Grime artist on his new album, the art of collaboration, and his intense creative process...

Manga Saint Hilaire is now a veteran in the grime scene, but his music sounds fresher than ever. In a scene that's boisterous and boastful. the artist has broken down barriers through his refreshingly honest lyrics. His new album, ‘Make It Out Alive’ is an example of an artist flourishing and enjoying what they’re creating. 15 tracks of full throttle grime with features from the older heads and new.

Manga was still waking up when we had a zoom call with him but was still full on energy. “I was up late; I’m working on a stream I’m doing on Sunday and learning how to make beats as well”.

The artist is hosting a stream on his website full of remixes from his album that dropped last month. “I’ve set up remixes from bare people, the likes of Sir Spyro, Teddy Bruckshot, and I’m doing some myself. After the stream has gone live it’s not going to be heard again. So, people are going to enjoy it and that’s it, and yeah let’s have some fun”.

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Before asking more about his recent work, we touched on the current Nosignal Radio clashes. A radio show that set up DJs to play two artists best tracks back to back. The shows have been gaining popularity online “Yeah, it’s amazing, Nosignal is bringing people together, showing how passionate people can get about music. Making the shows, selecting it, letting artists take control of the music without radio’s getting involved”. During the Vybz Cartel and WizKid clash, the website stopped working due to the high traffic; “I love the fact the website crashed, and we all had to scramble to YouTube. It just shows the power of the audience”.

Manga has been busy the past six months, along with his most recent album, he teamed up with Murkage Dave in December for the record ‘We Need To Look After Us’. Speaking about the busy period, he says: “I’m tired now man, you know what’s mad. This is the most organised I’ve been. Make It Out Alive was finished way before the album with Murkage Dave, that was more of a spur of the moment thing. Me and Murkage Dave always spoke about having a project together and we literally got it all done in about two and half weeks”.

Manga starts laughing about the situation, then adds: “It was very hectic to be fair. The Listening party was on the Wednesday and we finished the whole project on the Tuesday. We were only listening to it mastered and ready for the first time at the listening party. It was a rushed job, but it came out amazing. With ‘Make It Out Alive’ I had everything. I just had to sort out all the content”.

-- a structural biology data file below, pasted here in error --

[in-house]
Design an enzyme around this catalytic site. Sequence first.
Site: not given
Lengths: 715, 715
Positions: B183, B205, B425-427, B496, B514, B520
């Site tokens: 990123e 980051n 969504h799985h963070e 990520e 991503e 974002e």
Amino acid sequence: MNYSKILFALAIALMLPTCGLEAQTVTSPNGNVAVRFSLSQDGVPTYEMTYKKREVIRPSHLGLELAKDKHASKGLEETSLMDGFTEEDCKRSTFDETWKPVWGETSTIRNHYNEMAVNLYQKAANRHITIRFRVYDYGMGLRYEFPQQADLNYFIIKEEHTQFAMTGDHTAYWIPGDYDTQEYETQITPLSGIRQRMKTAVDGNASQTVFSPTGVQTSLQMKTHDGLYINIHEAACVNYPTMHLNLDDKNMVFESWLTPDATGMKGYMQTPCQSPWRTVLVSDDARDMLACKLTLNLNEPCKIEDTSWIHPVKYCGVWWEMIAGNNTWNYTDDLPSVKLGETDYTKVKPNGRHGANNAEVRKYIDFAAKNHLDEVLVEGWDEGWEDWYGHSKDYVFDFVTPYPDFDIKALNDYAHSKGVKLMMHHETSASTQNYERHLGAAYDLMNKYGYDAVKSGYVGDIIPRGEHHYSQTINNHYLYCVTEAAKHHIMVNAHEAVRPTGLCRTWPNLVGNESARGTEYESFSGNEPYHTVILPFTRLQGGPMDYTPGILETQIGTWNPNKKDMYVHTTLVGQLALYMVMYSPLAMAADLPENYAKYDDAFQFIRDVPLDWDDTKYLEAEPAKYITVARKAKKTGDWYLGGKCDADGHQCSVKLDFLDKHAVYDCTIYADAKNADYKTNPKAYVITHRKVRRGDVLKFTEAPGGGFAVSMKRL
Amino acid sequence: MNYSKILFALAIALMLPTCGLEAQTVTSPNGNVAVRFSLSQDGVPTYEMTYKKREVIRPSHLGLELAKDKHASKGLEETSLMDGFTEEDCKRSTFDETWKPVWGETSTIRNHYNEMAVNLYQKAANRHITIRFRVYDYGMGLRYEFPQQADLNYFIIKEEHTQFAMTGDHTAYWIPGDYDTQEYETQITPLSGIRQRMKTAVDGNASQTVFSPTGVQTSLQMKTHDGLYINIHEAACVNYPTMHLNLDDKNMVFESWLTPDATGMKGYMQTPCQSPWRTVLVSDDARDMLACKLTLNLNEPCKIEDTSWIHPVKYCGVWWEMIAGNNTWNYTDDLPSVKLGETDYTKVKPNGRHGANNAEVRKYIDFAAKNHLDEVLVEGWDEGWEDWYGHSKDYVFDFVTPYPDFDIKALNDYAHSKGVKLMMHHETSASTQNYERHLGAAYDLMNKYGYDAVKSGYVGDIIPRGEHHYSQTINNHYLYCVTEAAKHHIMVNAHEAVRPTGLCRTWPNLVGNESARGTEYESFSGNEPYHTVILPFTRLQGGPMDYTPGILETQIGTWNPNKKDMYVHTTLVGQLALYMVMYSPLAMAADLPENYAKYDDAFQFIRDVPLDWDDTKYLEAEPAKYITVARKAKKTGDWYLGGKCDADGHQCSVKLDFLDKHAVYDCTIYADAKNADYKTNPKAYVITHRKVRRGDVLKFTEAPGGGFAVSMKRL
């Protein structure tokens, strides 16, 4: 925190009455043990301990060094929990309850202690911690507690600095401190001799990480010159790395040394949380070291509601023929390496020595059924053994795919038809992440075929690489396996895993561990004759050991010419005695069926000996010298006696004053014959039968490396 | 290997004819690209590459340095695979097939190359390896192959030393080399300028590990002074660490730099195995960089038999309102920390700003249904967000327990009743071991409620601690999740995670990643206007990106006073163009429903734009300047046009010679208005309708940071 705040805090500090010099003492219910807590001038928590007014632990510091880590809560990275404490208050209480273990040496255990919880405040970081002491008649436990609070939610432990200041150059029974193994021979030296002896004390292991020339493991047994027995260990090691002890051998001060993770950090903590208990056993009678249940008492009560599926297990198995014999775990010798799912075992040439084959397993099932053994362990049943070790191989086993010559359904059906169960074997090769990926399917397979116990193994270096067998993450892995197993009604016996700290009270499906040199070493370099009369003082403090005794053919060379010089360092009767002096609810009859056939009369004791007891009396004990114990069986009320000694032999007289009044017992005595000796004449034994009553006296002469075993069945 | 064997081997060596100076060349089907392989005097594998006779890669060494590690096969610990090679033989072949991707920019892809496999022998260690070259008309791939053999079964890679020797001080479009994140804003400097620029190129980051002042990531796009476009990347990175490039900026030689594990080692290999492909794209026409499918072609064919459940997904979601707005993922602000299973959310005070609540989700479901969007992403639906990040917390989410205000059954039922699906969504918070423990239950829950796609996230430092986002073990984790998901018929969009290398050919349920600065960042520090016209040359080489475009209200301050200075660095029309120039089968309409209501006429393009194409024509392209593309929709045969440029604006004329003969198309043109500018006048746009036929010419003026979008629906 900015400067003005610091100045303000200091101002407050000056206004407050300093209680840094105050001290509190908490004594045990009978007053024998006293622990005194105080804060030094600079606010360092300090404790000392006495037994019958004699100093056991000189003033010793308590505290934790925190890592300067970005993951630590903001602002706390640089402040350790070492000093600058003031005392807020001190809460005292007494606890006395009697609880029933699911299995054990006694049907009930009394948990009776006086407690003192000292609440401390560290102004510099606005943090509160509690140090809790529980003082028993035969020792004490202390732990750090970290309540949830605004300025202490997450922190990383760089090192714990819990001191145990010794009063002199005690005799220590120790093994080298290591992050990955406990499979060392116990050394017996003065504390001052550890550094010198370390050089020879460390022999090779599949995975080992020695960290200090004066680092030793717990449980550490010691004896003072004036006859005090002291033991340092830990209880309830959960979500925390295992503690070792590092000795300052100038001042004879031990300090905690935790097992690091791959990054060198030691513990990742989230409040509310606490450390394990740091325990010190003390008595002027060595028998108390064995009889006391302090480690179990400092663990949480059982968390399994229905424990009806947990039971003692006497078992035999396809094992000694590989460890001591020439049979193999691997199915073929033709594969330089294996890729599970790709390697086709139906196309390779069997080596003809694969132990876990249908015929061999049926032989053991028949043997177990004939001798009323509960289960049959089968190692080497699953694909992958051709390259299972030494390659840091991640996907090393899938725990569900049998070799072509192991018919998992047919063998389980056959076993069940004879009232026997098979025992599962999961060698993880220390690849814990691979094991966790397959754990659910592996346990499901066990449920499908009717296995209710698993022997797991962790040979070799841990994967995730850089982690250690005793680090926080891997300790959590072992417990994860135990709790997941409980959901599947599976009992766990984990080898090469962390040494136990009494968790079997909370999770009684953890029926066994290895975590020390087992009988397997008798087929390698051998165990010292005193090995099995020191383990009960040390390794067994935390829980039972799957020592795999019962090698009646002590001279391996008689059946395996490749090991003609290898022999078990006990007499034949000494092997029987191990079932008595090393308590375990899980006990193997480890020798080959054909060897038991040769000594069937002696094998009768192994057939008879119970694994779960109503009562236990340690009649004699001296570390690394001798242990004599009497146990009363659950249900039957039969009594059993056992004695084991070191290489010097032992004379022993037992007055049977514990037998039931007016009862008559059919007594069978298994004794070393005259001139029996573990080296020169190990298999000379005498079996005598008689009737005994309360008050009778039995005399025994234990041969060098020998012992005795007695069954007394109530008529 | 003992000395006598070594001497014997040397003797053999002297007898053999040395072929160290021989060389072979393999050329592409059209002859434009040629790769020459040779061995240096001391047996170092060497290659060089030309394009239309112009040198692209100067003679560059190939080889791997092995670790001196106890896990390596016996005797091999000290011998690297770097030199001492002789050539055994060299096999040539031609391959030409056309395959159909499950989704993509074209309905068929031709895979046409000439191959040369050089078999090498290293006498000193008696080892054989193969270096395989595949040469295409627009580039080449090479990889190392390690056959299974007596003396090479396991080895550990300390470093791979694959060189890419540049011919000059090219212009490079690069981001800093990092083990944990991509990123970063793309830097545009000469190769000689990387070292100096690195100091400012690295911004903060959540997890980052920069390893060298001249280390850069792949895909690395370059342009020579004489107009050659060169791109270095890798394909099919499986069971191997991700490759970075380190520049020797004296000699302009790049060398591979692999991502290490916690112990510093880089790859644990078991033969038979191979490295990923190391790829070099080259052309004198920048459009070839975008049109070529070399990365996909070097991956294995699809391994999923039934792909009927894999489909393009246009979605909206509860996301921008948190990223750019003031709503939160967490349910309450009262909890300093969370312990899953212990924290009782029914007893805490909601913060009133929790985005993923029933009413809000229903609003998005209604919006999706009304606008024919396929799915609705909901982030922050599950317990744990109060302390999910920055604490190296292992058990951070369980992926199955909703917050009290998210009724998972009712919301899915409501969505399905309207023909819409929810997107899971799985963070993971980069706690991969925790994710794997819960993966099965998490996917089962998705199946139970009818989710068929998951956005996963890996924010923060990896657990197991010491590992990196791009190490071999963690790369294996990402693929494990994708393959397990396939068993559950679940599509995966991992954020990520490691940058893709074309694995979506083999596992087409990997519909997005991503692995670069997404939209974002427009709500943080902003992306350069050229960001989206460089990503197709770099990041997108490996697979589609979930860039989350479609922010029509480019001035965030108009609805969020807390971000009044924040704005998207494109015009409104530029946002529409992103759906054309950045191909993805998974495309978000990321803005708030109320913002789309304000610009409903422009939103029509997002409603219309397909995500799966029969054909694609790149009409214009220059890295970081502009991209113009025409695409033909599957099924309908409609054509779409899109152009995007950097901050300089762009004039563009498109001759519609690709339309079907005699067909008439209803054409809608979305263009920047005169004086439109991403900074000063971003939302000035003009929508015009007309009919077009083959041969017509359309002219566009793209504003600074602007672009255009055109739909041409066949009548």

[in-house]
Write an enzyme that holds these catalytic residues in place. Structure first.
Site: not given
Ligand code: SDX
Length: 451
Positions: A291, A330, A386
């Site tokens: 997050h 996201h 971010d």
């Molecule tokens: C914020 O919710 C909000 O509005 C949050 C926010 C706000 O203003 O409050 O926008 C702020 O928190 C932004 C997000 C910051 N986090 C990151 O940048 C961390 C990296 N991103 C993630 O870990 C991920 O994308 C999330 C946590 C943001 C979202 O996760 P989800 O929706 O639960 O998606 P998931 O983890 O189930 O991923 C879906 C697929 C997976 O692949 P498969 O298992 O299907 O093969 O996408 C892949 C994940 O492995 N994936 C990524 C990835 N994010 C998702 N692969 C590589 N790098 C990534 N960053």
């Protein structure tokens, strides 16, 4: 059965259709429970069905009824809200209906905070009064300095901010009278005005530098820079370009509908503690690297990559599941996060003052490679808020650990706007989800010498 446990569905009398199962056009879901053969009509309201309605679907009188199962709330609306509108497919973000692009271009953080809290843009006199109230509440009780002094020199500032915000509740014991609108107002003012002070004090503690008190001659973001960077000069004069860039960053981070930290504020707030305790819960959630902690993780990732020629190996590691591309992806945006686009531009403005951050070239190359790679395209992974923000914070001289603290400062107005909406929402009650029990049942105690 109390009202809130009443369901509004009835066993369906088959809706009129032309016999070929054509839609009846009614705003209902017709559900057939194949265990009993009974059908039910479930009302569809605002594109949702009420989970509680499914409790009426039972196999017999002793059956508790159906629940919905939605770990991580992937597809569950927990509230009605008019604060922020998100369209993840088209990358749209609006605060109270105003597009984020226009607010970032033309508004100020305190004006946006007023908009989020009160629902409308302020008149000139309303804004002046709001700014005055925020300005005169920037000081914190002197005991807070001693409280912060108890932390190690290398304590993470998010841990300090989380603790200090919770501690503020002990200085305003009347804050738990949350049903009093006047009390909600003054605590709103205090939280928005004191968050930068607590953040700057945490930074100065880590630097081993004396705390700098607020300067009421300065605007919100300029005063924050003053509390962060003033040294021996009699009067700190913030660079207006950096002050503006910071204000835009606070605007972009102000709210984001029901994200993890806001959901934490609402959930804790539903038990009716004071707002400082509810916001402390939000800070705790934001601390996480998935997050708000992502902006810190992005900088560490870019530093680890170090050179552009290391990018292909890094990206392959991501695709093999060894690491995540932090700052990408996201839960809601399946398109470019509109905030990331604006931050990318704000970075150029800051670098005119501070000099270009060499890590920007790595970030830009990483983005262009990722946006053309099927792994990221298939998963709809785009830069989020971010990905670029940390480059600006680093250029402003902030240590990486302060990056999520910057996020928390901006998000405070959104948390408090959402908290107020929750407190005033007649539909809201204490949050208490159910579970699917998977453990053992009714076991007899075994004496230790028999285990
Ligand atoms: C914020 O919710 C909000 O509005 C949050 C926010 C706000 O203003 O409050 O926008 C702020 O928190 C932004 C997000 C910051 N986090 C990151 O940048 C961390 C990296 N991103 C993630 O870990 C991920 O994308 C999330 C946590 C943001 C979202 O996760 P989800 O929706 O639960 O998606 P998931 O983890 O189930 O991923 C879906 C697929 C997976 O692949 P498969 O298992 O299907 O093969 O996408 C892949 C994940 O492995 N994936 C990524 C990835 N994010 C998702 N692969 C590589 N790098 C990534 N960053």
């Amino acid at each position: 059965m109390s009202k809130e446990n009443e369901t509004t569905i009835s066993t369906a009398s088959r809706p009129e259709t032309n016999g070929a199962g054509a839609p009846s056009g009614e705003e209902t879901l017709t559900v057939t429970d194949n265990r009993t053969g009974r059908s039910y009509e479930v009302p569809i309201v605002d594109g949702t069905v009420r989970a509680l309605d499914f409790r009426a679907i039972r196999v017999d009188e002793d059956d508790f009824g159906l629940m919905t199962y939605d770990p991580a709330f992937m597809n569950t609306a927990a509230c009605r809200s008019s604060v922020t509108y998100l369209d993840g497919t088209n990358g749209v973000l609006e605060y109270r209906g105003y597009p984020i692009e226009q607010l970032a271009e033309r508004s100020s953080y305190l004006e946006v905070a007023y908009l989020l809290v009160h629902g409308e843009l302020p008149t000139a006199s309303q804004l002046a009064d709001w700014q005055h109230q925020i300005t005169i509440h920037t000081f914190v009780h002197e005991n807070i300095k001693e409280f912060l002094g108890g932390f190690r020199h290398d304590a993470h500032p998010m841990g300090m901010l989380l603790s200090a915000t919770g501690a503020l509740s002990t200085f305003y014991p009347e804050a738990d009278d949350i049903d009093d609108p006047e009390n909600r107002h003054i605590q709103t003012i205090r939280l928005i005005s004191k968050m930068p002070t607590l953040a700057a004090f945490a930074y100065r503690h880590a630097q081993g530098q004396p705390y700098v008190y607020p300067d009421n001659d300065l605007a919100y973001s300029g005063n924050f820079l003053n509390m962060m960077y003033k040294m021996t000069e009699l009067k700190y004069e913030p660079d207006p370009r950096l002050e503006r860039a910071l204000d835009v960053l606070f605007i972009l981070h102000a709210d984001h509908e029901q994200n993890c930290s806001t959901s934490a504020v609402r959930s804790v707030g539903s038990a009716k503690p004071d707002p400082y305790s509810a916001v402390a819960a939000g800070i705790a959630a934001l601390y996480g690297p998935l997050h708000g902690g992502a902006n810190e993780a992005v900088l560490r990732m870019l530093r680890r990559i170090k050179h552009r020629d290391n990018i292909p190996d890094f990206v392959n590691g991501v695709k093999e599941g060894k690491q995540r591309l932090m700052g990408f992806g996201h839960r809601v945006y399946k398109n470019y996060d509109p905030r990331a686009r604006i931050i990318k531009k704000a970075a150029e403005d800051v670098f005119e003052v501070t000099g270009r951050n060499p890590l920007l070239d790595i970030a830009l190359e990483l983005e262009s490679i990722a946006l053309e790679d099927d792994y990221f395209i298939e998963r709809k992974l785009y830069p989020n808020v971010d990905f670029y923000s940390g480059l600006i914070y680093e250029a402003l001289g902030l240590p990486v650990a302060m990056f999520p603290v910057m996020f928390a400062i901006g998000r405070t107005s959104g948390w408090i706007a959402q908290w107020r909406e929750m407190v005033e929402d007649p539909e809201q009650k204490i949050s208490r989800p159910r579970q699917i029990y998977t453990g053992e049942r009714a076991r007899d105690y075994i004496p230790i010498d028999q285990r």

Manga and Murkage Dave work well together, their styles blend in. “Murkage is my bredrin. You know when you meet someone and just get along?” Manga explains the connection: “You’re just like man basically, but you sing a bit and I don’t. That’s why it was good making the album there was no compromise we had lots to say and think similar”.

For ‘Make It Out Alive’, the artwork for the singles and the album cover all have a racing theme. But why was that his choice? “’Make It Out Alive’ represents going what you’re going through and just remaining yourself. So, the themes are based around that. A motorcycle helmet is something you can use every day. You’ve still got to move but it’s protection. Also, when I was younger, I drove peds a lot. So that’s why we brought in the ped theme and expanded to the race theme”.

Grown grime has become more prominent as the scene grows itself. Artists like Manga have been pivotal to this by showing more emotions and breaking barriers down. The rapper doesn’t recognise his influence “I don’t think people watch me like that, they’re all going to have their own journey. As long as I keep upping what I’m doing every time”. He moves on, commenting: “It’s a grime album, it doesn’t have to be constraints of what people think it might be. I want it to be known as a grime album”.

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Each year, Manga shows progression perfecting his craft. On ‘Black Man Timing’ the rapper mentions he’s ‘getting better every year’ - when we relay this line back to him he breaks out into laugher. “Ooh yeah I did say that! I’ve been saying stuff. After I’m done with a project I’m just done. That’s why it’s sick when I see people messaging me about the tracks.”

Clash wonders whether he can see the growth himself. “Yeah definitely!” he says. “It’s more that I’m able to tell the message better, it’s clearer. With all my favourite albums you can hear what they’re talking about. I know that sounds stupid, but you know when you’re having a conversation and the person is going on tangents and mumbling, you kind of miss the point”.

Manga continues: “Before I was doing that and missing the point, because I didn’t have a clear vision of what I’m trying to say. Hopefully for the next one I can be even more clear and try to up the sounds”.

We move on to any future projects, and whether he has an eye on the next piece of work already. “No, not at all,” he demurs. “Unless it comes to me. For now, I’m just pushing this to make sure it’s heard”.

“It’s very draining and it takes a lot for me to do it,” he says of the creative process. “I can’t just make riddims. I have to make a project as a whole - that’s where my strengths lie and how my brain works”.

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'Make It Out Alive' is out now.

Words: Joe Hale

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